Terriyln was once a teenage mom so she’s been there, which might explain why to her social work feels less like a job and more like a ministry in which you get the chance to serve others and are reminded, if you’re lucky, how blessed that makes your life.
Her own journey began, she told me, more than 30 years ago seated at her grandmother’s kitchen table in Savannah, Ga., the place where she often found herself half listening to conversations between her Aunt Katie and the students she was charged with helping.
Done, Katie would look over the glasses forever at the tip of her nose at young Terriyln and inevitably suggest social work as a career choice.
“That’s not for me,” Terriyln would tell her.
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By her junior year in high school, Terriyln was starting to rethink her answer.
More and more she was struck by Aunt Katie’s ability to relate to her students, how she advocated for them, encouraged and empowered them to speak up for themselves.
Now instead of taking the seat farthest away from Aunt Katie, Terriyln was sitting next to her, shuffling through the pages of her social work books and journals, listening to her talk policy.
“It just grabbed me,” she recalled.
In 1986, Terriyln, by then a single mom of a 23-month-old son, graduated from Tompkins High School and left Savannah for Denmark, South Carolina, where she enrolled at Voorhees College.
Four years later she had earned a Bachelor of Arts degree there in criminal justice and political science and was heading to Florida State University to pursue a master’s in social work.
Professors, she said, welcomed the incoming class with a stern warning. Some of them would not make it through.
“It was a struggle … but I was determined it would not be me,” she said.
Terriyln remembered all those conversations she overheard between Aunt Katie and her students. Not only was she working two jobs to care for her son, she felt responsible for her three younger siblings, too.
“I’d work in the morning and then a midnight shift,” she said. “During breaks between classes, I’d try to take a nap.”
Her second year didn’t go well and Terriyln was placed on academic probation. When it was time to get a field placement to practice her craft, the professor suggested she just quit.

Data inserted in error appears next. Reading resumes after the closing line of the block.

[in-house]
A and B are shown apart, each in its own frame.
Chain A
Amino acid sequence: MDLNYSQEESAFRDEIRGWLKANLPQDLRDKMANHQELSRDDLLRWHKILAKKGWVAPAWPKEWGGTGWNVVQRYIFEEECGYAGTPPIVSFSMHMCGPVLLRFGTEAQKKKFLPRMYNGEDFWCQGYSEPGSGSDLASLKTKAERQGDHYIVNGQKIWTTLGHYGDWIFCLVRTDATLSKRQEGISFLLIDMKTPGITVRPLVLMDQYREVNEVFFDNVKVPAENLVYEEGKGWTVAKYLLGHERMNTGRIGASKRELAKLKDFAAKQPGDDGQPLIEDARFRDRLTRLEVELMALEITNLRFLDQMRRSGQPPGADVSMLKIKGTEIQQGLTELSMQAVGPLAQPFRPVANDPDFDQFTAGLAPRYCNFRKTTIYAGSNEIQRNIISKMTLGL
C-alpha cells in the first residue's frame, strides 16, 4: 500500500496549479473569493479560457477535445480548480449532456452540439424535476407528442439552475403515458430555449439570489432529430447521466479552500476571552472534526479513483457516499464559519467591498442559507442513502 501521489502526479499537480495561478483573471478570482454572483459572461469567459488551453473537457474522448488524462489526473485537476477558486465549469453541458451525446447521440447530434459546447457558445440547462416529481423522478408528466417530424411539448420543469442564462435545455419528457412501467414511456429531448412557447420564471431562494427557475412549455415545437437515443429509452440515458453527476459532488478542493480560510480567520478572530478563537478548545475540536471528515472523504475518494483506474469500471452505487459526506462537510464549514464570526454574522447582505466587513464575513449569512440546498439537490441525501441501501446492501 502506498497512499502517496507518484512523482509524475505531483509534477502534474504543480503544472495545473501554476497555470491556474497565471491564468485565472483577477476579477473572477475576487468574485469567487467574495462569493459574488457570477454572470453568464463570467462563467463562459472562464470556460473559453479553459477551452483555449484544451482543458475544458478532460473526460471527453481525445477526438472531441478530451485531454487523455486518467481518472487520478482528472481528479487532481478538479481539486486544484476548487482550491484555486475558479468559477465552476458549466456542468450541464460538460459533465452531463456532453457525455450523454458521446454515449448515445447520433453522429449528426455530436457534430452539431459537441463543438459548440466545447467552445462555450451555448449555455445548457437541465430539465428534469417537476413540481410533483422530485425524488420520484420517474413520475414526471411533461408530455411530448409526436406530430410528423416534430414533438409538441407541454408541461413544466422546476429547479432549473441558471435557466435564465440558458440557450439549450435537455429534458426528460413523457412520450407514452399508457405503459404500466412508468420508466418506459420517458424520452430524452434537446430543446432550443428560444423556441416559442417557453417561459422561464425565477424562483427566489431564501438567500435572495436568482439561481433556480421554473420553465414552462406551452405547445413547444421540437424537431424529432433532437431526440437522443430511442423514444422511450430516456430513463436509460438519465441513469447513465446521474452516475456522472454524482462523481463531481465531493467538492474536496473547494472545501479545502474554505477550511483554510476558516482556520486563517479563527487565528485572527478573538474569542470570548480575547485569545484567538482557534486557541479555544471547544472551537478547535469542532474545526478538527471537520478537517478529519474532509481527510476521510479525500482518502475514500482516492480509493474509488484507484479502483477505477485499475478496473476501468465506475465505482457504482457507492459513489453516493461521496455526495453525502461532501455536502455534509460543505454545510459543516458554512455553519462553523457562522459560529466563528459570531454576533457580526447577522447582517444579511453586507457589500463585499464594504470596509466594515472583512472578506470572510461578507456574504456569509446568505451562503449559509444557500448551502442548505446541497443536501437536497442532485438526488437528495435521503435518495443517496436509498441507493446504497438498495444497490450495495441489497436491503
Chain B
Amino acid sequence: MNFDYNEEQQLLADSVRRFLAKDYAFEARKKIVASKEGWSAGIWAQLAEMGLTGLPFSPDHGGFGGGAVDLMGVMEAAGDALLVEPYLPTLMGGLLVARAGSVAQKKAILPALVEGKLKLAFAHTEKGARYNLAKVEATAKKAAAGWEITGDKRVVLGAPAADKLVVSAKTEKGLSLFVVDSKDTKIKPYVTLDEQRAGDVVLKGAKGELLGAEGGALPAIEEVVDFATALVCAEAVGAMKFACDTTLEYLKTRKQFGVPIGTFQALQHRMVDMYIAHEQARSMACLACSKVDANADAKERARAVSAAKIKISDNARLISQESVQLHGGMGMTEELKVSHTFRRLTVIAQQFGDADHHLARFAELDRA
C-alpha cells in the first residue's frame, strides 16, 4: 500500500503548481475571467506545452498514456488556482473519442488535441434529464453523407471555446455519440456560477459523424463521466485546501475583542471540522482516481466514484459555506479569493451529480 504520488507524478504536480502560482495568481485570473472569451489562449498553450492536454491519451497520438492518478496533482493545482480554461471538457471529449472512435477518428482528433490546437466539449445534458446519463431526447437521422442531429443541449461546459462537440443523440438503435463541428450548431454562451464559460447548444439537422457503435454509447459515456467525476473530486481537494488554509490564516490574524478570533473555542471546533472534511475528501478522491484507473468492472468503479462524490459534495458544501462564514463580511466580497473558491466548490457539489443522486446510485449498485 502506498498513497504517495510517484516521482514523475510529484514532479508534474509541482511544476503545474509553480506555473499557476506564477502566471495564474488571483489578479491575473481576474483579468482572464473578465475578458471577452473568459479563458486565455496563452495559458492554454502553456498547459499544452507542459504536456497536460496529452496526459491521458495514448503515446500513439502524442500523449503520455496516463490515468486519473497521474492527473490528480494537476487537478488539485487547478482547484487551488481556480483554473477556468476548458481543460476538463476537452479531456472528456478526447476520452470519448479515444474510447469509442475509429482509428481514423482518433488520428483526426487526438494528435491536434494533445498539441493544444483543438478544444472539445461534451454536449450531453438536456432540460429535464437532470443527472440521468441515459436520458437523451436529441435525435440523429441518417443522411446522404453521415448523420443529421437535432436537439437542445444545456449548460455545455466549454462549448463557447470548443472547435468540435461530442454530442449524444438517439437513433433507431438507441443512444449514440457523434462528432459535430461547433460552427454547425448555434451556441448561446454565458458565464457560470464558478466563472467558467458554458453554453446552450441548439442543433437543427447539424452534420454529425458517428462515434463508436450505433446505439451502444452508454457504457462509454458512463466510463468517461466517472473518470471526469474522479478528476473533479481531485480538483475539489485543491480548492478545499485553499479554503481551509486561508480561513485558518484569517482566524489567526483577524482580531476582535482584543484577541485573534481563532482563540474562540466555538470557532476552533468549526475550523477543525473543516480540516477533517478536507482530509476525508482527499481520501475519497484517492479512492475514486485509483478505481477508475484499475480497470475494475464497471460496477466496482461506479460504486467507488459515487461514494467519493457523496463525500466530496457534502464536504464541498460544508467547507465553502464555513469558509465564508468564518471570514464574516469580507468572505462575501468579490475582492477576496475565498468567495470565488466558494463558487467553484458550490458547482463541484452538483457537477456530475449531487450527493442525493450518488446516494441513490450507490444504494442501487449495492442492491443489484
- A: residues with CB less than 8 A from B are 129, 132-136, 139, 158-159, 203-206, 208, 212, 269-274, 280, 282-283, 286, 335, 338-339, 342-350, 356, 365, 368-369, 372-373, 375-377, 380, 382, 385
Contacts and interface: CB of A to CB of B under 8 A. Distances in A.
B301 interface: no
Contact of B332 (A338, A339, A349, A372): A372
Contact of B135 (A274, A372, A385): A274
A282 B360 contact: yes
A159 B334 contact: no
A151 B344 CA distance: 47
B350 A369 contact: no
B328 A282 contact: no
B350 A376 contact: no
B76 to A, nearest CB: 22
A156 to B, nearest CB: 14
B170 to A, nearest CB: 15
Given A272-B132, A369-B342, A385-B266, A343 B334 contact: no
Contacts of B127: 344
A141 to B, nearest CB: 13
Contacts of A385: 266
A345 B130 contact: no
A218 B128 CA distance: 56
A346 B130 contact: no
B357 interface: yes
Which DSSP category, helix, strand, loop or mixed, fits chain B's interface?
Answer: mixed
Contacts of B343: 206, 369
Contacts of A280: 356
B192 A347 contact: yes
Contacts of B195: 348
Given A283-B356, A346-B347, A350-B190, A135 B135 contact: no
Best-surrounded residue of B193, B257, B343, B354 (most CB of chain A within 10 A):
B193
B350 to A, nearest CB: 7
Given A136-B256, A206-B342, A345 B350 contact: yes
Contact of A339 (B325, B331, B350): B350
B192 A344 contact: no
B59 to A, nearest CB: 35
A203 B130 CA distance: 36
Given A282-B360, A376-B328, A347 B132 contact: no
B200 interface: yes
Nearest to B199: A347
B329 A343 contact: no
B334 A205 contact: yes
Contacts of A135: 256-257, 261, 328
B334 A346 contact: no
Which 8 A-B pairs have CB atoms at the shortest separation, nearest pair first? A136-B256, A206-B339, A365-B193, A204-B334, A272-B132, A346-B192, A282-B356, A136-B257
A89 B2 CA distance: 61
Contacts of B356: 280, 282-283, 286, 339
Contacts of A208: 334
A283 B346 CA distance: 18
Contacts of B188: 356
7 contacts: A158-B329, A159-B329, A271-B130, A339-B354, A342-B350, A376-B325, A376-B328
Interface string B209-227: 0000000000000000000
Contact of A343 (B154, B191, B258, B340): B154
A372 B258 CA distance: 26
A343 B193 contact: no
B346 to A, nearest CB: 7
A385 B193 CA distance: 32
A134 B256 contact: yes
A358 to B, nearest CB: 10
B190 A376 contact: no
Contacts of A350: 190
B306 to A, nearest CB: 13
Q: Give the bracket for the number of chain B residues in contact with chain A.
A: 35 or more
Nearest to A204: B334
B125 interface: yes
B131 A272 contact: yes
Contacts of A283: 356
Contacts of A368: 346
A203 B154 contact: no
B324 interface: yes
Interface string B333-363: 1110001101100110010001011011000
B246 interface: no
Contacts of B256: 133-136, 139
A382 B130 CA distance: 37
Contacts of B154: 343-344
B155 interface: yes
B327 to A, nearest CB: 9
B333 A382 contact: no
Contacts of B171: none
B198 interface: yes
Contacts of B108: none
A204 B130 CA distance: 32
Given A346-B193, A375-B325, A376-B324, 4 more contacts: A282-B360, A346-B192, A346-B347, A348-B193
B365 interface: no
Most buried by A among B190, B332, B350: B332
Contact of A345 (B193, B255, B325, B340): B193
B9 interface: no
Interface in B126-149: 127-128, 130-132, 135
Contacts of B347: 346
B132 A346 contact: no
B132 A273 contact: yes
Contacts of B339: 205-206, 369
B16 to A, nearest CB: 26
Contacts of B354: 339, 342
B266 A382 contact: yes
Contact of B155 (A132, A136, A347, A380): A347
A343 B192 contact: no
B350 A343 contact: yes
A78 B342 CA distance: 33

“You’re not going to finish,” the woman told her.
Undaunted, Terriyln spoke up, requesting a field placement instructor who believed in her. She would go on to complete the program requirements, graduate in 1993, move back to Savannah and began work as a medical social worker at Memorial Medical Center.
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She was at a local laundromat three years later when a young man in a red Nissan truck drove up.
Audrey Cannon was a Staff Sgt. in the U.S. Army on weekend leave from Fort Stewart, Ga. He and Terriyln struck up a quick friendship and within a year were married before a small group of friends and family.
They’d soon add another son to their family and began a trek around the country. As Audrey moved up in the military, Terriyln found jobs working with children in juvenile justice, mental health or local school systems.
Audrey was at Fort Riley, Kansas, when he decided to retire and the family moved to Decatur, where Terriyln finally landed a job as a school social worker at an alternative school.
In 2003, she joined the Atlanta Public Schools and in 2007 earned an educational leadership degree from Argosy University.
Two years ago, she was elected president of the School Social Workers Association of Georgia.
People were watching and liked what they saw.
Pamela Jemerson, a social worker with Gwinnett County Public Schools and a member of SSWAG’s executive board, was among her many admirers.
“She’s very innovative and energetic,” Jemerson said. “She’s always looking for ways to enhance us, market us. It’s never just about her.”
Jemerson was one of two board members to nominate Terriyln for the 2019 National Social Worker of the Year.
She was en route home from Washington one day in mid-January when her phone dinged and she’d learn later, she’d been chosen for the top spot.
Early this month Terriyln was still processing the news, still pondering, after all these years, how Aunt Katie’s influence is still being felt in her life.
“At the end of some days you feel so exhausted,” she said. “But you get up and do it again because you know the students need you to speak for them and that the moment you think they won’t pull through, they’ll make a turn and do the unbelievable. That’s why I enjoy social work. That’s why every day, I carry Aunt Katie Mae Tindal with me.”